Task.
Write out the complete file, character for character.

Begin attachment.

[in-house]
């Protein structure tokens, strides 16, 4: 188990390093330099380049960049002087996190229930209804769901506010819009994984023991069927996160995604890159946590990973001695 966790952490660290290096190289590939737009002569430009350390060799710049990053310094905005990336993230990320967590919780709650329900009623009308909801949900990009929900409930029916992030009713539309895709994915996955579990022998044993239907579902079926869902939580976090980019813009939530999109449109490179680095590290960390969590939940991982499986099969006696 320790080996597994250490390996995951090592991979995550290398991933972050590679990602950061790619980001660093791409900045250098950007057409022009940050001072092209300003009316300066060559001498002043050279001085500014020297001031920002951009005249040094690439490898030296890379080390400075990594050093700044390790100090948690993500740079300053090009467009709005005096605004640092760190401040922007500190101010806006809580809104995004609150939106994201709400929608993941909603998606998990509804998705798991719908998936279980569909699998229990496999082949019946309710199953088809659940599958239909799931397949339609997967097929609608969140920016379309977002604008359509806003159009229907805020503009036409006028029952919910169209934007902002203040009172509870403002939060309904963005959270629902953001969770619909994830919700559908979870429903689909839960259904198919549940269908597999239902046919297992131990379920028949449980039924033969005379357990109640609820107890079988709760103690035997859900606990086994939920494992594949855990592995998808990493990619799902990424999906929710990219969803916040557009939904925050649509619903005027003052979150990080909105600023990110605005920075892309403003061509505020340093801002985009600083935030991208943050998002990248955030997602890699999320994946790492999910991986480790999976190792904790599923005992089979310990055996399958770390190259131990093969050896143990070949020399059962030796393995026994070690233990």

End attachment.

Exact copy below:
[in-house]
């Protein structure tokens, strides 16, 4: 188990390093330099380049960049002087996190229930209804769901506010819009994984023991069927996160995604890159946590990973001695 966790952490660290290096190289590939737009002569430009350390060799710049990053310094905005990336993230990320967590919780709650329900009623009308909801949900990009929900409930029916992030009713539309895709994915996955579990022998044993239907579902079926869902939580976090980019813009939530999109449109490179680095590290960390969590939940991982499986099969006696 320790080996597994250490390996995951090592991979995550290398991933972050590679990602950061790619980001660093791409900045250098950007057409022009940050001072092209300003009316300066060559001498002043050279001085500014020297001031920002951009005249040094690439490898030296890379080390400075990594050093700044390790100090948690993500740079300053090009467009709005005096605004640092760190401040922007500190101010806006809580809104995004609150939106994201709400929608993941909603998606998990509804998705798991719908998936279980569909699998229990496999082949019946309710199953088809659940599958239909799931397949339609997967097929609608969140920016379309977002604008359509806003159009229907805020503009036409006028029952919910169209934007902002203040009172509870403002939060309904963005959270629902953001969770619909994830919700559908979870429903689909839960259904198919549940269908597999239902046919297992131990379920028949449980039924033969005379357990109640609820107890079988709760103690035997859900606990086994939920494992594949855990592995998808990493990619799902990424999906929710990219969803916040557009939904925050649509619903005027003052979150990080909105600023990110605005920075892309403003061509505020340093801002985009600083935030991208943050998002990248955030997602890699999320994946790492999910991986480790999976190792904790599923005992089979310990055996399958770390190259131990093969050896143990070949020399059962030796393995026994070690233990």